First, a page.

Behavioral and Social Sciences
The phenomenon of lucid dreaming, the state of being aware within a dream, is rare and difficult to control. This study investigates whether multiple awakenings in rapid succession can simulate a quick entry into rapid eye movement (REM) sleep, thus increasing a person's awareness enough to induce lucid dreaming. Polysomnography measures were used to monitor the participants' sleep, and they were awoken in the hypnagogic wake-to-sleep transition 36 times. Then, after being allowed 2 hours of uninterrupted sleep, they were asked to attempt to reach lucid dreaming and verify through eye signals. 9 out of 19 participants reported success in reaching lucidity (efficacy rate = 47%), and 7 of the 19 verified through both eye signals and reports (37%). With this data, it was found that lucid dreamers showed differences in cortical electroencephalogram readings when compared to non-lucid dreamers. Polysomnographic lucid dream readings exhibited lower alpha rhythms than the waking state, but higher than the sleeping state, supporting that lucid dreaming is a hybrid state between waking and sleep. With alpha power as an indicator, lucid dreaming can be plotted on a model for a spectrum of consciousness. The cortical characteristics of lucid dreaming may help to find where consciousness stems from, and this new method of induction will make future lucid dream research more accessible.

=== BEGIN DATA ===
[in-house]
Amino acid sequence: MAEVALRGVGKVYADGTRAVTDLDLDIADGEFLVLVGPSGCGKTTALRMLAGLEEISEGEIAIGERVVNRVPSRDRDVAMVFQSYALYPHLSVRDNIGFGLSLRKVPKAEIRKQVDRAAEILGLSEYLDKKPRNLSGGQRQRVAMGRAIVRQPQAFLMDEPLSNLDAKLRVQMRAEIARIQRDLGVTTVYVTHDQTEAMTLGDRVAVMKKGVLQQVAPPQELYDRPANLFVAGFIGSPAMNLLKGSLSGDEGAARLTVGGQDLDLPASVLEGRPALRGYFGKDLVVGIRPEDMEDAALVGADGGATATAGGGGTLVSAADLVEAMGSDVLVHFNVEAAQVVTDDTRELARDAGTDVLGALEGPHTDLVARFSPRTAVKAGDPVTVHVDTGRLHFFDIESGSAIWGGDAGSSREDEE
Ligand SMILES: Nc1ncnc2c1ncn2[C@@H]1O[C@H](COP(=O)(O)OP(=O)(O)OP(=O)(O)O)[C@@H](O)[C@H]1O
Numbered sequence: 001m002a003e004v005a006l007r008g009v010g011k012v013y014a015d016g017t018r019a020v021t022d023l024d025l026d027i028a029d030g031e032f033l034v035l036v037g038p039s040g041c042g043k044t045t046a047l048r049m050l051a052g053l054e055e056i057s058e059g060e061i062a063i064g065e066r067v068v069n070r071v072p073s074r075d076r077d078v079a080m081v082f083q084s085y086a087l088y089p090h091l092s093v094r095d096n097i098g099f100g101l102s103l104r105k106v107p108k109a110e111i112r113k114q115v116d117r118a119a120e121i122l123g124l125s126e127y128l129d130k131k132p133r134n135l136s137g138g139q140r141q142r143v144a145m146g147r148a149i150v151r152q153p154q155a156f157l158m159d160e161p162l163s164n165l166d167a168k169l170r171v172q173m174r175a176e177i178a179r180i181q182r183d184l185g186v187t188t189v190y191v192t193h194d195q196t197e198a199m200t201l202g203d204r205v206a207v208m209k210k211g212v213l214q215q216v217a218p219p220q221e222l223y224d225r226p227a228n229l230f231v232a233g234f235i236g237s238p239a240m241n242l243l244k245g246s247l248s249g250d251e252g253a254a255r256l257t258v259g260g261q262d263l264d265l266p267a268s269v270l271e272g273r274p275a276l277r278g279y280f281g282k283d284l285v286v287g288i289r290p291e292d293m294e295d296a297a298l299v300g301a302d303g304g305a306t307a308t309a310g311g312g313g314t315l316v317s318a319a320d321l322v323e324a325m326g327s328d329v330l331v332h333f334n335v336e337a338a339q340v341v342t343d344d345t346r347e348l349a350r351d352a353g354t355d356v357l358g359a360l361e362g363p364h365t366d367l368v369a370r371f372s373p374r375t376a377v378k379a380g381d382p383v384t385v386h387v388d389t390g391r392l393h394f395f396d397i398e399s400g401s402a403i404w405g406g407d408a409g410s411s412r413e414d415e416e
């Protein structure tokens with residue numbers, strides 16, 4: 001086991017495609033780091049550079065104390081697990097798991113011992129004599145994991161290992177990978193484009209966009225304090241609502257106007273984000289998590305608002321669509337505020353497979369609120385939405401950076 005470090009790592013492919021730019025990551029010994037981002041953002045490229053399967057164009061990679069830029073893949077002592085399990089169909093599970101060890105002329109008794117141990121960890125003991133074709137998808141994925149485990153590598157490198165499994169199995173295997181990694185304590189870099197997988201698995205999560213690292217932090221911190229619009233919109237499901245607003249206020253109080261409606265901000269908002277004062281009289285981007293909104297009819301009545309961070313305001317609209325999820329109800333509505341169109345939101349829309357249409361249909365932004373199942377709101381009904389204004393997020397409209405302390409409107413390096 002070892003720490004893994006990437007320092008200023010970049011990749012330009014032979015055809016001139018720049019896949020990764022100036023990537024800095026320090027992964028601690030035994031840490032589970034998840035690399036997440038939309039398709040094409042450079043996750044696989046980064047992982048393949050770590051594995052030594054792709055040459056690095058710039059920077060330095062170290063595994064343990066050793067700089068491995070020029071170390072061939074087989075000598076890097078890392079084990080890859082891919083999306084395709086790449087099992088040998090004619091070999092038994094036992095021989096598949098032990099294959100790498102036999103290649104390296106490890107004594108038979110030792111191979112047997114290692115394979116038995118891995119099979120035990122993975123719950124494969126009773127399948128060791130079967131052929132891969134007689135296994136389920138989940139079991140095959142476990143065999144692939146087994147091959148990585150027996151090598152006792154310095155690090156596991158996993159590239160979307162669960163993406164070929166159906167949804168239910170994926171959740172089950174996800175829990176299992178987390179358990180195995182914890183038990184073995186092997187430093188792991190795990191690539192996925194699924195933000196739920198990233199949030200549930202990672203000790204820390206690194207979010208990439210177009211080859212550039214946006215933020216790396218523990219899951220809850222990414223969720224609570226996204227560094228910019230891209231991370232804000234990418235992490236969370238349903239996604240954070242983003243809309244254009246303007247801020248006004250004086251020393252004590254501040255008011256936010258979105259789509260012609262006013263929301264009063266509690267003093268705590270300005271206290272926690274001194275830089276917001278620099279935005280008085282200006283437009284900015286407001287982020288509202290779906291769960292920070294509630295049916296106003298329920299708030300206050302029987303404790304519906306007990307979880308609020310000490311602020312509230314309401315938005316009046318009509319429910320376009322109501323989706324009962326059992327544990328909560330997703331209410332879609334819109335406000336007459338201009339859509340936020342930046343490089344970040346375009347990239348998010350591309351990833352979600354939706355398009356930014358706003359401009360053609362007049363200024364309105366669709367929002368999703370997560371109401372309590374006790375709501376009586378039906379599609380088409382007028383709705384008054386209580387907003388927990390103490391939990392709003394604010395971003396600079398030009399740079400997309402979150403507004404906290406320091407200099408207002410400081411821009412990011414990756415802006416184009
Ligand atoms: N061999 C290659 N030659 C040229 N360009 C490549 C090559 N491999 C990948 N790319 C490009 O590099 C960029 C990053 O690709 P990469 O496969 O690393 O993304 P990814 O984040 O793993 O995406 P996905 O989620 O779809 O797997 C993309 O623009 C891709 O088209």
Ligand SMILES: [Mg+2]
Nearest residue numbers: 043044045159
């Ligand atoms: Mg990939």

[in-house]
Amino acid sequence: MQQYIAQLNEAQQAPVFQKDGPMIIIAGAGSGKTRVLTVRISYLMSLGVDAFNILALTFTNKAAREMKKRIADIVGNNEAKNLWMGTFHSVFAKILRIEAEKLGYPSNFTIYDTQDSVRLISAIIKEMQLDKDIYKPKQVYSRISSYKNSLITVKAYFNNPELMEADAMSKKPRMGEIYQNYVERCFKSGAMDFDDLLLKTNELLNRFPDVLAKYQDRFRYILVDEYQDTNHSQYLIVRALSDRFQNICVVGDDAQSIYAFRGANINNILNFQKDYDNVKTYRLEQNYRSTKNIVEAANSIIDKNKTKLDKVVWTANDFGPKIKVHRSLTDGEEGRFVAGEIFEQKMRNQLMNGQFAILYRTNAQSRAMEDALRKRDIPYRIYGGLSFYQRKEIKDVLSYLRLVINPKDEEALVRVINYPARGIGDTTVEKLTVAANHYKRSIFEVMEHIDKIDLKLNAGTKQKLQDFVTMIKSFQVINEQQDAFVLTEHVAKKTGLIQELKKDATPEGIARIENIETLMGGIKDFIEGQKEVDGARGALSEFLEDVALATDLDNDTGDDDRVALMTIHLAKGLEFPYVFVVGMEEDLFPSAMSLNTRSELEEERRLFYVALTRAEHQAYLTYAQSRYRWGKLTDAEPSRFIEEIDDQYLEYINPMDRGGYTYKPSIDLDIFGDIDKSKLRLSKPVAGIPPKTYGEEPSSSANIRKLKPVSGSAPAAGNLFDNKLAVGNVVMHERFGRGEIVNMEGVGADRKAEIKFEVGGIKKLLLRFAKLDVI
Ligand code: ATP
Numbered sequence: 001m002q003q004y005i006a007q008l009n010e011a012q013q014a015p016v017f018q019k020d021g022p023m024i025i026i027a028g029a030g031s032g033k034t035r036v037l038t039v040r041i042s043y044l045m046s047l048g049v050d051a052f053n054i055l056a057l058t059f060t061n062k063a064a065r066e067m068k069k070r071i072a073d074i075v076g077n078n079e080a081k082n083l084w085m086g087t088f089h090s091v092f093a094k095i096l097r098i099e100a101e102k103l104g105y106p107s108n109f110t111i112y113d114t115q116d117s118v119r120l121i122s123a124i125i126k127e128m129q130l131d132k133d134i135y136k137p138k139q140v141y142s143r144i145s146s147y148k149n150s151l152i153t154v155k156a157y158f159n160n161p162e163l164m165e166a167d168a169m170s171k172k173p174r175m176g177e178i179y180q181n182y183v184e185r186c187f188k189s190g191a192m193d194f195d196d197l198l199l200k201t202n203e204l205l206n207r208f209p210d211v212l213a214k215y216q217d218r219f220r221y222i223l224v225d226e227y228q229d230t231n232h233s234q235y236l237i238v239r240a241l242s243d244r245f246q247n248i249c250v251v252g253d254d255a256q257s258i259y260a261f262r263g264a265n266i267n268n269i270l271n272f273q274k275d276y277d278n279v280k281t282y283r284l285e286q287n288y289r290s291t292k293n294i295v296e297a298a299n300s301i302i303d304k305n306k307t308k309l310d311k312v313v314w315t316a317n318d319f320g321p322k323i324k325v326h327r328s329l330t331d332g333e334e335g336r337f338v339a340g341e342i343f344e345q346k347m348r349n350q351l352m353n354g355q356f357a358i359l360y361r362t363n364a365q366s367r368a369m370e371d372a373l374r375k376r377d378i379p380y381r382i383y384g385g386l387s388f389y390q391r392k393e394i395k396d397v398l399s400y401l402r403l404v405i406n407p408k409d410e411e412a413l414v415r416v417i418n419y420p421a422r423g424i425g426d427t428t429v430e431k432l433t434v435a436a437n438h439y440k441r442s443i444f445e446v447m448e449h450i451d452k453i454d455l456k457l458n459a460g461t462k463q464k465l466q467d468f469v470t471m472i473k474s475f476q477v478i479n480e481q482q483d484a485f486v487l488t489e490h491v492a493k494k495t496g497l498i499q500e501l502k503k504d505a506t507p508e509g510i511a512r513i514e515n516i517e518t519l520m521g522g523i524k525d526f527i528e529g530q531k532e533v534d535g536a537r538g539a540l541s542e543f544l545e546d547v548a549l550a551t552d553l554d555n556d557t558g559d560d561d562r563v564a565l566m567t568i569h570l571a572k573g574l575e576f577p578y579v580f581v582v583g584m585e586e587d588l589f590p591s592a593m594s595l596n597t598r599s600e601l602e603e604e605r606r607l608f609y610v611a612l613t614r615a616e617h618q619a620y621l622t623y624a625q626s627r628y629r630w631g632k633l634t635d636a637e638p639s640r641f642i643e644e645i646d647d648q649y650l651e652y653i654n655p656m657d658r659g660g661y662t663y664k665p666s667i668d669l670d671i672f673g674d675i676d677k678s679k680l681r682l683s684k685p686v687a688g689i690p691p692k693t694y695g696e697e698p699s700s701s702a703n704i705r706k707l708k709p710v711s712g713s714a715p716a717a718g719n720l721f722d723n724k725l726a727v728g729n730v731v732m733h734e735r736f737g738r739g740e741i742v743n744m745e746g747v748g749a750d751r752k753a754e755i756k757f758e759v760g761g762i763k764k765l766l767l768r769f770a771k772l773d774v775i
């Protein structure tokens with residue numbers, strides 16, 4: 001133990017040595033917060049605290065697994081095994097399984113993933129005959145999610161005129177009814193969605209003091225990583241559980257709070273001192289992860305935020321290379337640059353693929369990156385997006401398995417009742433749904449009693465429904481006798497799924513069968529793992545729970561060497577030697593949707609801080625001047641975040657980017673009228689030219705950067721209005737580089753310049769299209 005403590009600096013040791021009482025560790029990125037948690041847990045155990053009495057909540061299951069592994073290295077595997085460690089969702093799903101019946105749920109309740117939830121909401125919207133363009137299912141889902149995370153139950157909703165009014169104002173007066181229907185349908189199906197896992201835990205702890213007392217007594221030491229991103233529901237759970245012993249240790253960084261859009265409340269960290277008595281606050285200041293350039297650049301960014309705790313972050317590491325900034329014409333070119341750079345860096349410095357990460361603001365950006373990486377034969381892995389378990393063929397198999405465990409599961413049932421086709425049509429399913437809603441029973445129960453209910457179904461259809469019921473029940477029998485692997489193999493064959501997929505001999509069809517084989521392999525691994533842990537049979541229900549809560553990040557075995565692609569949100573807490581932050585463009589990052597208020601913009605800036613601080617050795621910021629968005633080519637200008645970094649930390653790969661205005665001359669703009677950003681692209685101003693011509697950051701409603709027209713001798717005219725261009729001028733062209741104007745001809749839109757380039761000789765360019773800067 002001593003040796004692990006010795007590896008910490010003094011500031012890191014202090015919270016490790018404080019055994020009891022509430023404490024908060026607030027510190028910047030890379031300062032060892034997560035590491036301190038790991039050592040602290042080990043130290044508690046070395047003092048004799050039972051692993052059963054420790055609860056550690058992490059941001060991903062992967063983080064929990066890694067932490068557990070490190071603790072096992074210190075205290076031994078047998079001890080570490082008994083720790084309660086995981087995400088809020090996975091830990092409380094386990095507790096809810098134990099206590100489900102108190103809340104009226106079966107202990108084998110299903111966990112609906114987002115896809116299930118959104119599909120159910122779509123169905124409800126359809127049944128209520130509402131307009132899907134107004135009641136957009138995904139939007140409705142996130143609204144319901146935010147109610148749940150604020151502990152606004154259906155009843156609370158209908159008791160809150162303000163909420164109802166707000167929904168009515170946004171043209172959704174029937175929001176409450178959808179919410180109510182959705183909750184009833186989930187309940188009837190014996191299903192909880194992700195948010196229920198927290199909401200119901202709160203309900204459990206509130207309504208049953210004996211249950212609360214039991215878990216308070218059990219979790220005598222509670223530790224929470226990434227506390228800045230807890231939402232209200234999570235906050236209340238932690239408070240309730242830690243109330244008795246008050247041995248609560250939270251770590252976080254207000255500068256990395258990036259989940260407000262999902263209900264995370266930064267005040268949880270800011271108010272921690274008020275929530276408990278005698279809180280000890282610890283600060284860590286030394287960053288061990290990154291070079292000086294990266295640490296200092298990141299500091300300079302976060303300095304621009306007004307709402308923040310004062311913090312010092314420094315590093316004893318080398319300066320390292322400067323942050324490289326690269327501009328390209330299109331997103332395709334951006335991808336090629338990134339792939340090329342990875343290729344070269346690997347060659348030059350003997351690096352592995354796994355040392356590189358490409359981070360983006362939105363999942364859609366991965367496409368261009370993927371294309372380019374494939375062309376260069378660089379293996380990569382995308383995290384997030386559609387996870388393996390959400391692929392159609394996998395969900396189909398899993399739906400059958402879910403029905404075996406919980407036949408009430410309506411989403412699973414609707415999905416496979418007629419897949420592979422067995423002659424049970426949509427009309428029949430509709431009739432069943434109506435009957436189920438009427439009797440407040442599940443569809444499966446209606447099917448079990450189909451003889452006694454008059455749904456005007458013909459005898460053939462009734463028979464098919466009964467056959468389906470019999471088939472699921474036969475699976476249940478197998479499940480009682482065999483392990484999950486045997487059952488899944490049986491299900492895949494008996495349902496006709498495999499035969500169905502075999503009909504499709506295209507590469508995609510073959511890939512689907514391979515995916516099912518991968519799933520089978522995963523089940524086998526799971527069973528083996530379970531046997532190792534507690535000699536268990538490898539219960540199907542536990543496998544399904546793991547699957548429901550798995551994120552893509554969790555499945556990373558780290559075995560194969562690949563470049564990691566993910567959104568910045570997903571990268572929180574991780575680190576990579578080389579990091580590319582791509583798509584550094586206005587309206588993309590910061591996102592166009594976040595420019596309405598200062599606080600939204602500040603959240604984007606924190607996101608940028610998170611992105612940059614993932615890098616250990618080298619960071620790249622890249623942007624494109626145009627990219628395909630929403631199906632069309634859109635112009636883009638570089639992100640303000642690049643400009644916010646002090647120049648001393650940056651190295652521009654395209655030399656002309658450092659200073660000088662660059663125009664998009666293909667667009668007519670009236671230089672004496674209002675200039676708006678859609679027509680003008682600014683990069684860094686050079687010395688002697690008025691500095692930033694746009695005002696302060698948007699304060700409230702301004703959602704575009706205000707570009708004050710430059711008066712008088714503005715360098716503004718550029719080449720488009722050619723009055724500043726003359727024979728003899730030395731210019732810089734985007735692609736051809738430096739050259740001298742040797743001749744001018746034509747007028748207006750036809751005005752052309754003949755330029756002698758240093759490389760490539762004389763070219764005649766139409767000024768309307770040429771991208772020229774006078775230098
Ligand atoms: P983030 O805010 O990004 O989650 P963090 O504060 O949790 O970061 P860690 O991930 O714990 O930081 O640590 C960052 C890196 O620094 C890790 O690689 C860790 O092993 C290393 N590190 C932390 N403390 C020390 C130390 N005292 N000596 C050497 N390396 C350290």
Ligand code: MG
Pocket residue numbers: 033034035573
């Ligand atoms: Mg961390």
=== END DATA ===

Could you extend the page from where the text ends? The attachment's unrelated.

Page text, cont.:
Second Award of $2,000